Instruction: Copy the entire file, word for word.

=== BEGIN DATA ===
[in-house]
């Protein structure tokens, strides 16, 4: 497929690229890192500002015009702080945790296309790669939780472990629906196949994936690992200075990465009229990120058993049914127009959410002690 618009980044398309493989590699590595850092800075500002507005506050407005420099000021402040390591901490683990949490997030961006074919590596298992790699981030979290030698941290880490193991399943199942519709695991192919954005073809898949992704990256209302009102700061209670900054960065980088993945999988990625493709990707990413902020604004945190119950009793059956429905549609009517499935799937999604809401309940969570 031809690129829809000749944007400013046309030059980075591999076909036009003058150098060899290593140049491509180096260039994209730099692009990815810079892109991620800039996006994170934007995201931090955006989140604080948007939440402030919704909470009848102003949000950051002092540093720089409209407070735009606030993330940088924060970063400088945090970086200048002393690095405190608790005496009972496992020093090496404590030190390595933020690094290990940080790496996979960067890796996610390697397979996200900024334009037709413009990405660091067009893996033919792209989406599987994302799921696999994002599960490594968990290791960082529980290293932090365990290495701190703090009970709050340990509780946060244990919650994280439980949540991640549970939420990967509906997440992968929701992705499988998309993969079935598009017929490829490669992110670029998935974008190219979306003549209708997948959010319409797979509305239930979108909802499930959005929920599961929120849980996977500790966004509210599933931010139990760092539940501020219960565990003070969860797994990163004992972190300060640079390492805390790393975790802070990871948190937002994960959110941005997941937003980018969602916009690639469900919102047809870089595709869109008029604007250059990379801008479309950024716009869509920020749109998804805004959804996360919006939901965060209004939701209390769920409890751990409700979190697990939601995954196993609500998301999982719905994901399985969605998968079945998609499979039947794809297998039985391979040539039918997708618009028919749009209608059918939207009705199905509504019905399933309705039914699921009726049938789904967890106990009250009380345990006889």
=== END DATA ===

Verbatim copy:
[in-house]
């Protein structure tokens, strides 16, 4: 497929690229890192500002015009702080945790296309790669939780472990629906196949994936690992200075990465009229990120058993049914127009959410002690 618009980044398309493989590699590595850092800075500002507005506050407005420099000021402040390591901490683990949490997030961006074919590596298992790699981030979290030698941290880490193991399943199942519709695991192919954005073809898949992704990256209302009102700061209670900054960065980088993945999988990625493709990707990413902020604004945190119950009793059956429905549609009517499935799937999604809401309940969570 031809690129829809000749944007400013046309030059980075591999076909036009003058150098060899290593140049491509180096260039994209730099692009990815810079892109991620800039996006994170934007995201931090955006989140604080948007939440402030919704909470009848102003949000950051002092540093720089409209407070735009606030993330940088924060970063400088945090970086200048002393690095405190608790005496009972496992020093090496404590030190390595933020690094290990940080790496996979960067890796996610390697397979996200900024334009037709413009990405660091067009893996033919792209989406599987994302799921696999994002599960490594968990290791960082529980290293932090365990290495701190703090009970709050340990509780946060244990919650994280439980949540991640549970939420990967509906997440992968929701992705499988998309993969079935598009017929490829490669992110670029998935974008190219979306003549209708997948959010319409797979509305239930979108909802499930959005929920599961929120849980996977500790966004509210599933931010139990760092539940501020219960565990003070969860797994990163004992972190300060640079390492805390790393975790802070990871948190937002994960959110941005997941937003980018969602916009690639469900919102047809870089595709869109008029604007250059990379801008479309950024716009869509920020749109998804805004959804996360919006939901965060209004939701209390769920409890751990409700979190697990939601995954196993609500998301999982719905994901399985969605998968079945998609499979039947794809297998039985391979040539039918997708618009028919749009209608059918939207009705199905509504019905399933309705039914699921009726049938789904967890106990009250009380345990006889």